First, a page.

chainer.functions.depthwise_convolution_2d(x, W, b=None, stride=1, pad=0)[source]

Two-dimensional depthwise convolution function.

This is an implementation of two-dimensional depthwise convolution. It takes two or three variables: the input image x, the filter weight W, and optionally, the bias vector b.

Notation: here is a notation for dimensionalities.

  • \(n\) is the batch size.

  • \(c_I\) is the number of the input.

  • \(c_M\) is the channel multiplier.

  • \(h\) and \(w\) are the height and width of the input image, respectively.

  • \(h_O\) and \(w_O\) are the height and width of the output image, respectively.

  • \(k_H\) and \(k_W\) are the height and width of the filters, respectively.

  • x (Variable or N-dimensional array) – Input variable of shape \((n, c_I, h, w)\).

  • W (Variable or N-dimensional array) – Weight variable of shape \((c_M, c_I, k_H, k_W)\).

  • b (Variable or N-dimensional array) – Bias variable of length \(c_M * c_I\) (optional).

  • stride (int or pair of ints) – Stride of filter applications. stride=s and stride=(s, s) are equivalent.

  • pad (int or pair of ints) – Spatial padding width for input arrays. pad=p and pad=(p, p) are equivalent.


Output variable. Its shape is \((n, c_I * c_M, h_O, w_O)\).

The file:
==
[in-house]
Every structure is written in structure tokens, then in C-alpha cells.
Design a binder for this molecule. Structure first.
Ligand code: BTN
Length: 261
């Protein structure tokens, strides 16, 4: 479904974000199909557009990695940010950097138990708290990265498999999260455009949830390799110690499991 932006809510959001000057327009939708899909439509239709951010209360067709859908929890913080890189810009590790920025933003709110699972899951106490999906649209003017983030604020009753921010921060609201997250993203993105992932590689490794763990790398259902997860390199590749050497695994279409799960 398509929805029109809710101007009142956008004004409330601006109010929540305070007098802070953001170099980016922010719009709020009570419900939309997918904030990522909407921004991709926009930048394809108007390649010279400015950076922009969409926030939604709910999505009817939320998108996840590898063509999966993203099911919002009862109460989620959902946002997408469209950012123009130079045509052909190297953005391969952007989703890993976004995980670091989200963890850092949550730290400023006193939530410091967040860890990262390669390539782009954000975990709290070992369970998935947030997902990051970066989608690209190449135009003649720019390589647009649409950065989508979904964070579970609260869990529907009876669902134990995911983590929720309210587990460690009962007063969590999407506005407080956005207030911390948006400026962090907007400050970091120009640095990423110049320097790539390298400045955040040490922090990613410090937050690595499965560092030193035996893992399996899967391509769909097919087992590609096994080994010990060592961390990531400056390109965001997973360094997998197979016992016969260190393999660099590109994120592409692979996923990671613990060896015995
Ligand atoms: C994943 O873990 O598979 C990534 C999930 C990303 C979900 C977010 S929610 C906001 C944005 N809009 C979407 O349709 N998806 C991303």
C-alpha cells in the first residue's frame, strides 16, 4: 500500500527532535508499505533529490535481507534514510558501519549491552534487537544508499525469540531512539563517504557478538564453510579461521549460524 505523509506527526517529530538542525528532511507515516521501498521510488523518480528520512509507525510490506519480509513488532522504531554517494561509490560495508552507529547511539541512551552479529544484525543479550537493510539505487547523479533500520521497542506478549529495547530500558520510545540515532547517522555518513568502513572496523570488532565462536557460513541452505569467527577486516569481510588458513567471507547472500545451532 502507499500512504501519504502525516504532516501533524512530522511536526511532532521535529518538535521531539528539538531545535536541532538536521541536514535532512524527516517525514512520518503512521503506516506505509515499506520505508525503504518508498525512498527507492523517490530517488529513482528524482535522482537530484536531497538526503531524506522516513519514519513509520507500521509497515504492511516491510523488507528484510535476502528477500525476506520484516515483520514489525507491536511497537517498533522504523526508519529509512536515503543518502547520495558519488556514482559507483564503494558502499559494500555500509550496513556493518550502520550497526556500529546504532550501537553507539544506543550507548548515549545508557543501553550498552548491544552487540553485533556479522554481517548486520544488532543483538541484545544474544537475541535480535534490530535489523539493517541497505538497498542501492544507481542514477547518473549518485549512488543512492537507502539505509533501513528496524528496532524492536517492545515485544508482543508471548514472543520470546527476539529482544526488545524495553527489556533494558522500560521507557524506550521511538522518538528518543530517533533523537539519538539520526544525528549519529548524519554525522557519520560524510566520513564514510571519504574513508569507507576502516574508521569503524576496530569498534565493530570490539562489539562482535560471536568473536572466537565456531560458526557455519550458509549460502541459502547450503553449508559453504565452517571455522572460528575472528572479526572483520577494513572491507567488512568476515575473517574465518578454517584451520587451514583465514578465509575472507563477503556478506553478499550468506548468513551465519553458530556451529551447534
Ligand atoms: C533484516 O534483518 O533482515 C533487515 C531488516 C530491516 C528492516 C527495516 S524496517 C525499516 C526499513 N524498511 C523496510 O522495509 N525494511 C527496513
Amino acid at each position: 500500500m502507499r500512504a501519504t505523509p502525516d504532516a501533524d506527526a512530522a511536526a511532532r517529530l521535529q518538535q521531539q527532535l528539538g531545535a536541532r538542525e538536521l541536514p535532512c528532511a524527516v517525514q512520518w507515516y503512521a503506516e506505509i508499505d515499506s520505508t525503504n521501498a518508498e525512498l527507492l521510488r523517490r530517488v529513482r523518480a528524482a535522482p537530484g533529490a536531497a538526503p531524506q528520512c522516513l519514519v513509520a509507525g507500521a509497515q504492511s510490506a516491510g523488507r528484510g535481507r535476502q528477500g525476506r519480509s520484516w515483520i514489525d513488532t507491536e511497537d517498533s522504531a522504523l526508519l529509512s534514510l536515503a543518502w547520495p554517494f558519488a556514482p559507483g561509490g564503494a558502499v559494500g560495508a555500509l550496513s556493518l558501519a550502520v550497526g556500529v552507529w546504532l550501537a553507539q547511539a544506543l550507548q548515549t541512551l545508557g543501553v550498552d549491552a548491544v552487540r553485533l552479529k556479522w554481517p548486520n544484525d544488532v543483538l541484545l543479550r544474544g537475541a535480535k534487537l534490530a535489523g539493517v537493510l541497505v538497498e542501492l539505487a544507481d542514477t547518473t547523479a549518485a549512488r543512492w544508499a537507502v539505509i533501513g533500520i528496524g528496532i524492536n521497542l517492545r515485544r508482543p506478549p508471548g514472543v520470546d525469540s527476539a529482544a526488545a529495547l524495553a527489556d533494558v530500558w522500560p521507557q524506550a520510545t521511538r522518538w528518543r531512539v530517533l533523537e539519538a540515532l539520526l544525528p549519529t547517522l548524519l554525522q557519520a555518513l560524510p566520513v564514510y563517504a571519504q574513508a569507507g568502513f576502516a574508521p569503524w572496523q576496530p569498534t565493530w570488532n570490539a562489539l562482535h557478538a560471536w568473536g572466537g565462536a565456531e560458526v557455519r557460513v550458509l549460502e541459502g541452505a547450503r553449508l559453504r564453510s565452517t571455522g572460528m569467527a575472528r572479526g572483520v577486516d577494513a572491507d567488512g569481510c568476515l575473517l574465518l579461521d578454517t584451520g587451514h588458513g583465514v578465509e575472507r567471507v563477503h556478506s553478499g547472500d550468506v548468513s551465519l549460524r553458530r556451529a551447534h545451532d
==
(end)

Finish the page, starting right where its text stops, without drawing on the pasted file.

Return type


Like Convolution2D, DepthwiseConvolution2D function computes correlations between filters and patches of size \((k_H, k_W)\) in x. But unlike Convolution2D, DepthwiseConvolution2D does not add up input channels of filters but concatenates them. For that reason, the shape of outputs of depthwise convolution are \((n, c_I * c_M, h_O, w_O)\), \(c_M\) is called channel_multiplier.

\((h_O, w_O)\) is determined by the equivalent equation of Convolution2D.

If the bias vector is given, then it is added to all spatial locations of the output of convolution.

See: L. Sifre. Rigid-motion scattering for image classification

See also

DepthwiseConvolution2D to manage the model parameters W and b.


>>> x = np.random.uniform(0, 1, (2, 3, 4, 7))
>>> W = np.random.uniform(0, 1, (2, 3, 3, 3))
>>> b = np.random.uniform(0, 1, (6,))
>>> y = F.depthwise_convolution_2d(x, W, b)
>>> y.shape
(2, 6, 2, 5)